Two years later in 1961, a single storey club house was built and the NEPTUNE RLSC became the “world’s first all-female Life Saving Club to perform beach patrols with a permanent club house to call its own” (Neptune RLSC).

Of course now the club welcomes both male and female members but its rich history remains.

And this is a wonderful piece of history that I didn’t know. That’s what I like about travelling slowly by bicycle, taking time to stop and looking at what’s there. To let things catch my eye and learn more about the place where I live and roam. I notice things I might never have otherwise seen.


The first all-female Life Saving Club.


The Horse Float


Paddock coffee and wood-fired croissant by Tallebudgera Creek.


The Neptune Ladies Life Saving Club in 1929. (Photo: Sunshine Coast Daily)


1957 at Tallebudgera.

Footnote: During the 1980s, the club added a second story to their building and began admitting male members.


18 Comments on “Slowing down to see

  1. Every once in a while I talk about something I saw while riding that people who don’t ride have driven by hundreds of times and never noticed it. Maybe you can tell your friends that you discovered this gem that is hidden in plain sight.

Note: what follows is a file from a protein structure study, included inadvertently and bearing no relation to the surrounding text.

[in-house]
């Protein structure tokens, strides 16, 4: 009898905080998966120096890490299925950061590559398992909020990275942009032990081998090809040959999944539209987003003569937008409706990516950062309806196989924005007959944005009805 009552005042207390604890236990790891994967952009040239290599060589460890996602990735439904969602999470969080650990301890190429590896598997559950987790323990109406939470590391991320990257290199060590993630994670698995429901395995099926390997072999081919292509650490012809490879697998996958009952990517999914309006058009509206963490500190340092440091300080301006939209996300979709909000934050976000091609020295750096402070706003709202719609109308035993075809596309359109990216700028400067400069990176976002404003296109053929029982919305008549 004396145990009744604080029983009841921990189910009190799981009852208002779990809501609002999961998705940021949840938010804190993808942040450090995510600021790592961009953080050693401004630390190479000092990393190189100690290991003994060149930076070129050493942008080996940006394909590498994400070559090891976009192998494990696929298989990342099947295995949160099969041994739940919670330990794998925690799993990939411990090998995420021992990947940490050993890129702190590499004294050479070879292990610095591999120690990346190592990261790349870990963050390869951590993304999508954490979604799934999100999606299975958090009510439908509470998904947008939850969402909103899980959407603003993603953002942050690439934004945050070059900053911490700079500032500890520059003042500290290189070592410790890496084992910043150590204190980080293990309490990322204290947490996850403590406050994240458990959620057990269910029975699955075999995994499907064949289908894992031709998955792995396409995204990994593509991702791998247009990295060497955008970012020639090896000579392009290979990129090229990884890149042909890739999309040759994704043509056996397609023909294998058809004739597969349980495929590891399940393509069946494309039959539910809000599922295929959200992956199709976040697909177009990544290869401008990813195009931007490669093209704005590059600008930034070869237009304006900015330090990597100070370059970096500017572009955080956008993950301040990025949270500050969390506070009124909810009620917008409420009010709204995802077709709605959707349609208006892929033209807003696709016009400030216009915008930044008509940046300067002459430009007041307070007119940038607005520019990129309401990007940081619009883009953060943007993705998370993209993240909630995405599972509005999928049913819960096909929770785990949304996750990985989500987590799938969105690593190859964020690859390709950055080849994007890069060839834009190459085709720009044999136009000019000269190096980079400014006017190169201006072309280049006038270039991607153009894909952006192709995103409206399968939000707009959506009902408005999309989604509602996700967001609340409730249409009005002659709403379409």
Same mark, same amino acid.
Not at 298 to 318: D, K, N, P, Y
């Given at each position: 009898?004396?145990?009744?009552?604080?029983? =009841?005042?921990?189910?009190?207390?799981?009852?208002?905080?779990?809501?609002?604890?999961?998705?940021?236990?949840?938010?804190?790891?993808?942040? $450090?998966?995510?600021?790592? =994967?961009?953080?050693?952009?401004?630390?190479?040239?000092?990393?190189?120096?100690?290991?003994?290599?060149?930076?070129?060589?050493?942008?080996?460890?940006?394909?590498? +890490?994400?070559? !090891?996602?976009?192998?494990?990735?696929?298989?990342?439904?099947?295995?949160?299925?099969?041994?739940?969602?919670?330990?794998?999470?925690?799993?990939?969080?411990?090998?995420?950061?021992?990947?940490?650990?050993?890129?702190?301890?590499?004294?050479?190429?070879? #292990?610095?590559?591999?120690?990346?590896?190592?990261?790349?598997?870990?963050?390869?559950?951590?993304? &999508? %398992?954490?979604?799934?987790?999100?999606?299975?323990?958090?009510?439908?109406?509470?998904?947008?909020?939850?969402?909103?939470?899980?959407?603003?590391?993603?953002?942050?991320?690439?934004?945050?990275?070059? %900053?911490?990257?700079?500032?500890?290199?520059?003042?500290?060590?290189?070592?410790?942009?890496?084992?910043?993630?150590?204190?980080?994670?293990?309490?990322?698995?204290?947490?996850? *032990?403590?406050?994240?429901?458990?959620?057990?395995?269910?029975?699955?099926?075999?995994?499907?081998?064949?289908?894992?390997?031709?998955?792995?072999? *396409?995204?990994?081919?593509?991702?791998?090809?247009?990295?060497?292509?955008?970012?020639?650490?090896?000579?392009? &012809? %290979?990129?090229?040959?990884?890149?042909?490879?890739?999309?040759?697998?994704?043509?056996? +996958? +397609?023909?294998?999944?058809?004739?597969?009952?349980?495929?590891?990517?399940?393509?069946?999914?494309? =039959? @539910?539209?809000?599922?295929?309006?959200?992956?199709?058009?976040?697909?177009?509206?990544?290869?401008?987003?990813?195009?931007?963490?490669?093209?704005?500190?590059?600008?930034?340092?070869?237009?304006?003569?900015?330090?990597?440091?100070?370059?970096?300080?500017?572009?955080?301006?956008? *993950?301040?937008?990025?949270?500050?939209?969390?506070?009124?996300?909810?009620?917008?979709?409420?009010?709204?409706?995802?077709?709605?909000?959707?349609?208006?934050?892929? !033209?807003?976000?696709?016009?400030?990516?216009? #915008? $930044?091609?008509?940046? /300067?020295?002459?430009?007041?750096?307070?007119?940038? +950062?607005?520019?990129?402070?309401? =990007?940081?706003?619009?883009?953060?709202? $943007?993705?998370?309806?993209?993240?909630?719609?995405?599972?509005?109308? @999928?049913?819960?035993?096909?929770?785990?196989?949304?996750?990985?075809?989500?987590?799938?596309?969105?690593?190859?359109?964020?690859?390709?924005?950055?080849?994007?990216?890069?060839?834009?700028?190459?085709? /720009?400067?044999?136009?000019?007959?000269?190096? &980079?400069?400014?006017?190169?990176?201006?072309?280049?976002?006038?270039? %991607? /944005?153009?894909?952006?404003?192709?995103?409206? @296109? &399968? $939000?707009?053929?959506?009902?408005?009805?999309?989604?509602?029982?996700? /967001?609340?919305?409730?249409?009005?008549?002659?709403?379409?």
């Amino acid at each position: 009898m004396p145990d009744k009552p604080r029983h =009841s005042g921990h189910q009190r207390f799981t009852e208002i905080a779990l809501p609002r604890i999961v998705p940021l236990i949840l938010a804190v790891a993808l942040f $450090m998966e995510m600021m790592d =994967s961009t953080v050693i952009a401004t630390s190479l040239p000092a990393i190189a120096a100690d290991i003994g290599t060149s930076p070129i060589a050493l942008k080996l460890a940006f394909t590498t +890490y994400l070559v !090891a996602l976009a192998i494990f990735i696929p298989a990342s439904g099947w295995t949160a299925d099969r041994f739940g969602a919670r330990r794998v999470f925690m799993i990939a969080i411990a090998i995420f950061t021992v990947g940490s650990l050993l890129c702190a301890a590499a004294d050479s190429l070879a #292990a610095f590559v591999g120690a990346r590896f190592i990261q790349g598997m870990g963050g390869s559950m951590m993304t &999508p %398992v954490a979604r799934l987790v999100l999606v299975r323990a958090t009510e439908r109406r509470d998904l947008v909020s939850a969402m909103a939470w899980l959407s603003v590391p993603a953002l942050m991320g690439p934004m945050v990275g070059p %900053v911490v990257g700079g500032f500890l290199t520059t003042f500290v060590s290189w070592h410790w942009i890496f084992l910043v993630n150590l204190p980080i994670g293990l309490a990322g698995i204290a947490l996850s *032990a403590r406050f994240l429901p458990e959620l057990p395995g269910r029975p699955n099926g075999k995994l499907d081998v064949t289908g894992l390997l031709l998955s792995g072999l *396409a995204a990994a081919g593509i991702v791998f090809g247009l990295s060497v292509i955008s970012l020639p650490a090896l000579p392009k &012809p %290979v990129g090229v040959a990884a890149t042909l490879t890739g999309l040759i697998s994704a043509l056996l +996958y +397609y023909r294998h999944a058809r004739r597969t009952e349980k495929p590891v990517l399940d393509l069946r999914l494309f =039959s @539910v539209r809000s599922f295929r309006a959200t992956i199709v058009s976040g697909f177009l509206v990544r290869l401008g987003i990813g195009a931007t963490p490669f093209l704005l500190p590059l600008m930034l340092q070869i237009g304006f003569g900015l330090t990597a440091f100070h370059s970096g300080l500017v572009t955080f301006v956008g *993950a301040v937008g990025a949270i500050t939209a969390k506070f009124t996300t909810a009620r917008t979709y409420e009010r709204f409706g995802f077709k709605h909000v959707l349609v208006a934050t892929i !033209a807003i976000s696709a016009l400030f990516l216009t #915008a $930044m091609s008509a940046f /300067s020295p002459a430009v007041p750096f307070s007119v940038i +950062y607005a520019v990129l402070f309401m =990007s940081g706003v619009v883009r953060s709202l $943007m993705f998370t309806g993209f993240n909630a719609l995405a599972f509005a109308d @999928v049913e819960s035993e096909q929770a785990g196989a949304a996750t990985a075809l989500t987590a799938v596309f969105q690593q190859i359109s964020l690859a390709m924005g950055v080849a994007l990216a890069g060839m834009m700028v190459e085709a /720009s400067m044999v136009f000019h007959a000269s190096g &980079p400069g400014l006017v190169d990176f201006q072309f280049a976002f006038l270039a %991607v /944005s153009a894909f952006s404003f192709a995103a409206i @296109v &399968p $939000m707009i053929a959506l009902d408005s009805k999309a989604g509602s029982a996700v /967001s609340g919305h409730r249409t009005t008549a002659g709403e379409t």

Liked by 1 person

    • It’s interesting isn’t it. How things sit quietly there, going unnoticed as everyone goes about their lives. It was the same with the railway bridge that I wrote about a few weeks ago ( ) – quite a few people wrote to me – either here or on Facebook or via email – to say they didn’t know about the bridge’s history and really enjoyed learning about it.
      Thanks for reading John and good pedalling! 🙂


  2. Hi Gail – how fascinating as in the 1960’s I was a member of the RLSS – Royal Lifesaving Society here in the UK. I was on the team that won the UK championships 2 or 3 times- can’t remember exactly but I do remember the honour of representing the UK in Trier in the European championships in 1968 I think it was, I am going to have to delve into stored away stuff to find out. We actucally had a sunny warm day today but apparently it will be much colder tomorrow- that’s the UK for you.